Why You're Doing Salad Wrong (And Six Ways to Make It Right)

04/07/2016 08:16 am ET | Updated Apr 07, 2016
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If I told you to close your eyes and imagine a dinner salad, what would you see? If you're like many of my patients, "salad" brings up thoughts of dieting, deprivation, and yes -- boredom. Truth is, if you're doing salad the right way, it can actually become a staple you look upon as delicious nutrition. Here's how to do salad right!

Throw out those reduced fat dressings
You may think you're doing yourself a favor by selecting a reduced-fat version of your favorite salad dressing, but you're not. The majority of food products which claim "reduced fat" or "fat free" compensate by adding sugar. This lowers the total calories of the product (since sugar has less calories per gram than fat does) while still giving you the taste you yearn for (sweet). That's all well and good from a marketing perspective but your pancreas and liver aren't too fond of that choice. That's because your consumption of sugar (instead of fat) increases the production of insulin - a fat storing hormone, making you more likely to gain weight, not lose. Sugar also may increases your risk for a whole host of chronic conditions, including breast cancer, according to a 2016 study.

On the flip side, fat fills you up, helps you feel satisfied, and assists with the absorption of fat soluble vitamins (A,E, D & K), which are prevalent in colorful salads. In fact, both protein and fat help control and regulate insulin levels by decreasing the risk of the rise and fall of glucose levels in your bloodstream. Next time you're hunting for a new bottle of dressing, read the ingredients first. If sugar is in the first five ingredients, search on. Or better yet, try making your own dressing (see next tip). Doing so may take only a few more minutes than opening up a bottle of additives!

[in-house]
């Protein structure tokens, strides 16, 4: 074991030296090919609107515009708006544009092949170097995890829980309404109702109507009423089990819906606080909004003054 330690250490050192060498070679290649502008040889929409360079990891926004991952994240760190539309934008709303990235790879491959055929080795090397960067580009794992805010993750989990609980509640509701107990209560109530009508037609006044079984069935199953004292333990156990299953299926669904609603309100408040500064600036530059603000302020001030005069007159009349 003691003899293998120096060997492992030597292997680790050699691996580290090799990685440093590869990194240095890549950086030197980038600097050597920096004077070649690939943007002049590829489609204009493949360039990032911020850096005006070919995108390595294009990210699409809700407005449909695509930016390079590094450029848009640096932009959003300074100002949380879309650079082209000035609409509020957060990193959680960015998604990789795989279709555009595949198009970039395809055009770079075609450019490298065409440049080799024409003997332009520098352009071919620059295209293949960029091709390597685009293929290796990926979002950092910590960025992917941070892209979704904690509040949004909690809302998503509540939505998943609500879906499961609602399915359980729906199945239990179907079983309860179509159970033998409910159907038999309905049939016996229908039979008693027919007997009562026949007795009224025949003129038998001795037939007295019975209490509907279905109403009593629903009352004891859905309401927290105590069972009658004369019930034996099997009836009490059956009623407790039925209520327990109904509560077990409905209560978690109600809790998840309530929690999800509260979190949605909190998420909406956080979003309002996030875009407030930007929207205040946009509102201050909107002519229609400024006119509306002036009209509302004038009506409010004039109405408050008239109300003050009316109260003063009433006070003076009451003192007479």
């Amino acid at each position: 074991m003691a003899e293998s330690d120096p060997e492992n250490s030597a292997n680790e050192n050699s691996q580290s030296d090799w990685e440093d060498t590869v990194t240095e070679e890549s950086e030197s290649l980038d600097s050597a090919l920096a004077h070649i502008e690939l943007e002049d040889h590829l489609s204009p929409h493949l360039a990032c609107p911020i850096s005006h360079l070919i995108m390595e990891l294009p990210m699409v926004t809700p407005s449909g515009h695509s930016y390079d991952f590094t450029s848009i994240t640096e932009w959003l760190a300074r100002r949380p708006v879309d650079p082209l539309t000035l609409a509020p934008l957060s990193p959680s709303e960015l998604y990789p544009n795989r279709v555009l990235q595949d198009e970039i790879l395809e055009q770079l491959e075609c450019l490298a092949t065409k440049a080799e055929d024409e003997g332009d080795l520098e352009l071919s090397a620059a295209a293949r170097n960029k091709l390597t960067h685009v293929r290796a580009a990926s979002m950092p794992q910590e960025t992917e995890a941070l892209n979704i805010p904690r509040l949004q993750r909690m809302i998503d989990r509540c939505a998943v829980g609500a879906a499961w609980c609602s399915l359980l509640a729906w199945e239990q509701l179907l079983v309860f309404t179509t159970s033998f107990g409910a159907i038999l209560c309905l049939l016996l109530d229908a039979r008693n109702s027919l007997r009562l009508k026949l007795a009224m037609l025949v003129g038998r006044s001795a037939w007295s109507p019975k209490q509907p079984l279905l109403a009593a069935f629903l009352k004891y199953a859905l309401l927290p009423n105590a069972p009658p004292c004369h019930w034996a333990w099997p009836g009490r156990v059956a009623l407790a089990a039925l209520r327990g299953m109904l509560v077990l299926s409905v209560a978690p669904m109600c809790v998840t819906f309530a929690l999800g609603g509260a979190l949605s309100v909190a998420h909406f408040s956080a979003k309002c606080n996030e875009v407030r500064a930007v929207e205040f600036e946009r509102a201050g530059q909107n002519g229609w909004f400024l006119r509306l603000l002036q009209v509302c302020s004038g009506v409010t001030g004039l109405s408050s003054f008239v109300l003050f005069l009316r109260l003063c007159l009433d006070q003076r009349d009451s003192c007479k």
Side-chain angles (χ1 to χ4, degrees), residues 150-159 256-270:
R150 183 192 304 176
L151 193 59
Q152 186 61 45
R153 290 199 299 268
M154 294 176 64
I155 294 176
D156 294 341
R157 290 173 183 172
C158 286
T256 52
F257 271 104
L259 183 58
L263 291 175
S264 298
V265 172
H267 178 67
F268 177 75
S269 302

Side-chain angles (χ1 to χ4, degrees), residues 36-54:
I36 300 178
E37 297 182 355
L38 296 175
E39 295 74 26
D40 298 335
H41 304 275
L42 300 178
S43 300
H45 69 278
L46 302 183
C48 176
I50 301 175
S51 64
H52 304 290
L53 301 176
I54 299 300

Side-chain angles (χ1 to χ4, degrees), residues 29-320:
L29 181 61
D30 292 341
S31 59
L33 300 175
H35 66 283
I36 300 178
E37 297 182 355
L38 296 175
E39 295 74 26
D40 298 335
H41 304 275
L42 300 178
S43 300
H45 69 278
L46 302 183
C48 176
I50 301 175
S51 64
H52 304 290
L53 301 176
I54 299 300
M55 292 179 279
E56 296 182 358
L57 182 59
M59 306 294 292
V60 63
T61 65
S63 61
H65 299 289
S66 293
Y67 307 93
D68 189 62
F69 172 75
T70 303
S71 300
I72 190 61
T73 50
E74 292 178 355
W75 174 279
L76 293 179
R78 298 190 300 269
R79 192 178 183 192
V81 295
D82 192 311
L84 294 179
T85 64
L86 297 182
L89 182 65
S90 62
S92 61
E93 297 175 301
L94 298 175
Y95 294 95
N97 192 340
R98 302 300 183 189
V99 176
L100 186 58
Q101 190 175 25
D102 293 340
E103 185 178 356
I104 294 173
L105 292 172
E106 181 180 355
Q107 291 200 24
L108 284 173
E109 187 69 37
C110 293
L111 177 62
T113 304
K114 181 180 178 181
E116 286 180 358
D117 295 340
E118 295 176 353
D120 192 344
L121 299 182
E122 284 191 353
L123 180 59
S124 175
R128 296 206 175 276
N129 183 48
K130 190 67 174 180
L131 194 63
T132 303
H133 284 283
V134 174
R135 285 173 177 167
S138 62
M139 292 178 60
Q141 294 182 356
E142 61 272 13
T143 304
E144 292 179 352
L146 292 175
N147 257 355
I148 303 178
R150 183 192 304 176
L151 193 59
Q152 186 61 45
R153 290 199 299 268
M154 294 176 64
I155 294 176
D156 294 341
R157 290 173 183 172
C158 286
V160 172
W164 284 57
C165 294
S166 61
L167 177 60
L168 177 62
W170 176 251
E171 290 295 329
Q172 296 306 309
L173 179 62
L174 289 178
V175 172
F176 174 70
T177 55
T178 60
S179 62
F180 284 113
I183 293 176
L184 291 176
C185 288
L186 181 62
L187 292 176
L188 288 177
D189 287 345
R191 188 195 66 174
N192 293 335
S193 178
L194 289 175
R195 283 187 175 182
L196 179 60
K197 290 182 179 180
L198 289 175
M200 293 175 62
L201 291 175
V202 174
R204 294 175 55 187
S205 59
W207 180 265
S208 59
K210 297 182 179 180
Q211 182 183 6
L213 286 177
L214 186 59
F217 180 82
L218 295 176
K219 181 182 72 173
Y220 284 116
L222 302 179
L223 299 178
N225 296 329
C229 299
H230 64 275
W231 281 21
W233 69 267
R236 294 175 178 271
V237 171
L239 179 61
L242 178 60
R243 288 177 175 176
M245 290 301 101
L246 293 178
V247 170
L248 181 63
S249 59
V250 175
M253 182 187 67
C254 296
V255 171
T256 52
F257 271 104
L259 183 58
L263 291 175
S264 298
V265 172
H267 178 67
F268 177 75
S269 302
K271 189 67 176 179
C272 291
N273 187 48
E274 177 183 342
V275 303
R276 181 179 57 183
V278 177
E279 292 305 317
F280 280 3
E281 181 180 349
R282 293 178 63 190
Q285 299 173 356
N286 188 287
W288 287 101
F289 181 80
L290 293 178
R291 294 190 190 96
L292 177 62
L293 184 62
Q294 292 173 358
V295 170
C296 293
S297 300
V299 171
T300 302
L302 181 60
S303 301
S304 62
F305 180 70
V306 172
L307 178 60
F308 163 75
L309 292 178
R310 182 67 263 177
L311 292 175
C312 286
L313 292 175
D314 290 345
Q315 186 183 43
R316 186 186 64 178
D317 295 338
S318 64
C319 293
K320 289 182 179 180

Be Selective (and creative) with your olive oil and vinegar

Intimidated by the thought of making your own dressing? Don't be. Giving your salad that extra zing of flavor can be as simple as a squeeze of a fresh lemon, lime or orange with a light drizzle of high-quality extra virgin olive oil.

All you need is the right tools: A whisk, a stainless steel bowl, and some "to die to for" oils and vinegars. My advice is to try and find a local specialty olive oil store that has plenty of options, as well as pairing suggestions and staff members that eat, think and drink salad toppings! Start with naturally infused balsamic vinegars. An owner at my local store stated that high quality vinegars may use either natural essence, juices or fruit flavors, just ask for details at your store. Then, pair with regular or infused oils (think garlic, chili, herb and lemon). This is a great way to improve the taste of your greens without the added sugars like high fructose corn syrup, artificial flavorings or preservatives. Trust me, once you try the real deal, bottle dressing will be a part of the past! Don't think you have an olive oil distributor near you? Familiarize yourself with the North American Olive Oil Association or the California Olive Oil Council (COOC) verification label. They indicate higher quality olive oil brands which have been tested for purity. Also, check for a harvest date on the bottle and make sure the date has not exceeded two years, as even healthy fats go rancid over time.

Explore the wide world of add ins
If you regularly fall back to simply tossing a few green leaves with a bottled dressing and some cheese and bacon bits, it's time to totally switch it up. Given the increased availability at various grocers, finding a variety of ingredients to increase taste as well as nutrient content has never been easier! The key is, thinking out of the box.

First, don't make the mistake of thinking all salad add-ins have to be raw. Cooked vegetables also make great salad toppers. Start by trying grilled peppers, sautéed mushrooms, blanched green beans or even roasted eggplant. Marinating these vegetables can also improve taste by adding flavor, or, you can just throw in the leftover veggies from last nights dinner.